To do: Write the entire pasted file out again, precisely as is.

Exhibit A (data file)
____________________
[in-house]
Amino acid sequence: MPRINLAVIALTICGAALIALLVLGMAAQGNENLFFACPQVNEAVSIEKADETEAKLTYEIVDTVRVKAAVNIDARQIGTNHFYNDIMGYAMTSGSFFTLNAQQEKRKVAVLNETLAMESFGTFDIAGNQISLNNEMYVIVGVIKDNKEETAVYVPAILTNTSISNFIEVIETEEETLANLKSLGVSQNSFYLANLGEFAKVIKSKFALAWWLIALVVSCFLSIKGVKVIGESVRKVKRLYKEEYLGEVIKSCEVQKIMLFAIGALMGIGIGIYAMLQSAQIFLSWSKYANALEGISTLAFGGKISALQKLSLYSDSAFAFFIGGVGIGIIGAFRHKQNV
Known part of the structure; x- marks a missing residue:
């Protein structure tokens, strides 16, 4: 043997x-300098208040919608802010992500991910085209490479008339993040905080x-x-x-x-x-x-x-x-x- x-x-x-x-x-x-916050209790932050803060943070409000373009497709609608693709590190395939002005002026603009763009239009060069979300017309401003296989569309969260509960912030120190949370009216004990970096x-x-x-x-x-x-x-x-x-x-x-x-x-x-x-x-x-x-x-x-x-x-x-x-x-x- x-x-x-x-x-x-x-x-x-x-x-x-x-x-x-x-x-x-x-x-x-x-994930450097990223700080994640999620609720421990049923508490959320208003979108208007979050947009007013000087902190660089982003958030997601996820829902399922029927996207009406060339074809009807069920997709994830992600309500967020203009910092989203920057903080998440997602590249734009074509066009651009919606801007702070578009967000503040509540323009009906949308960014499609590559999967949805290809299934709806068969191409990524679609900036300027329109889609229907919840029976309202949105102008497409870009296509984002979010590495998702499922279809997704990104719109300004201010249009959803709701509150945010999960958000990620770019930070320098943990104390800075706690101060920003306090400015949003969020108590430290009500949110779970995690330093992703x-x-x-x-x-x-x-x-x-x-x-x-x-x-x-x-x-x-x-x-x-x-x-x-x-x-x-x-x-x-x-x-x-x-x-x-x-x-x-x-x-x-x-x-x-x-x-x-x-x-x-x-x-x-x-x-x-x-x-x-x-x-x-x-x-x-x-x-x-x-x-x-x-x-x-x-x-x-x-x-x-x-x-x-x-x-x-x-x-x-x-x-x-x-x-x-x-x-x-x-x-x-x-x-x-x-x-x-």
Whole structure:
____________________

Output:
[in-house]
Amino acid sequence: MPRINLAVIALTICGAALIALLVLGMAAQGNENLFFACPQVNEAVSIEKADETEAKLTYEIVDTVRVKAAVNIDARQIGTNHFYNDIMGYAMTSGSFFTLNAQQEKRKVAVLNETLAMESFGTFDIAGNQISLNNEMYVIVGVIKDNKEETAVYVPAILTNTSISNFIEVIETEEETLANLKSLGVSQNSFYLANLGEFAKVIKSKFALAWWLIALVVSCFLSIKGVKVIGESVRKVKRLYKEEYLGEVIKSCEVQKIMLFAIGALMGIGIGIYAMLQSAQIFLSWSKYANALEGISTLAFGGKISALQKLSLYSDSAFAFFIGGVGIGIIGAFRHKQNV
Known part of the structure; x- marks a missing residue:
């Protein structure tokens, strides 16, 4: 043997x-300098208040919608802010992500991910085209490479008339993040905080x-x-x-x-x-x-x-x-x- x-x-x-x-x-x-916050209790932050803060943070409000373009497709609608693709590190395939002005002026603009763009239009060069979300017309401003296989569309969260509960912030120190949370009216004990970096x-x-x-x-x-x-x-x-x-x-x-x-x-x-x-x-x-x-x-x-x-x-x-x-x-x- x-x-x-x-x-x-x-x-x-x-x-x-x-x-x-x-x-x-x-x-x-x-994930450097990223700080994640999620609720421990049923508490959320208003979108208007979050947009007013000087902190660089982003958030997601996820829902399922029927996207009406060339074809009807069920997709994830992600309500967020203009910092989203920057903080998440997602590249734009074509066009651009919606801007702070578009967000503040509540323009009906949308960014499609590559999967949805290809299934709806068969191409990524679609900036300027329109889609229907919840029976309202949105102008497409870009296509984002979010590495998702499922279809997704990104719109300004201010249009959803709701509150945010999960958000990620770019930070320098943990104390800075706690101060920003306090400015949003969020108590430290009500949110779970995690330093992703x-x-x-x-x-x-x-x-x-x-x-x-x-x-x-x-x-x-x-x-x-x-x-x-x-x-x-x-x-x-x-x-x-x-x-x-x-x-x-x-x-x-x-x-x-x-x-x-x-x-x-x-x-x-x-x-x-x-x-x-x-x-x-x-x-x-x-x-x-x-x-x-x-x-x-x-x-x-x-x-x-x-x-x-x-x-x-x-x-x-x-x-x-x-x-x-x-x-x-x-x-x-x-x-x-x-x-x-």
Whole structure: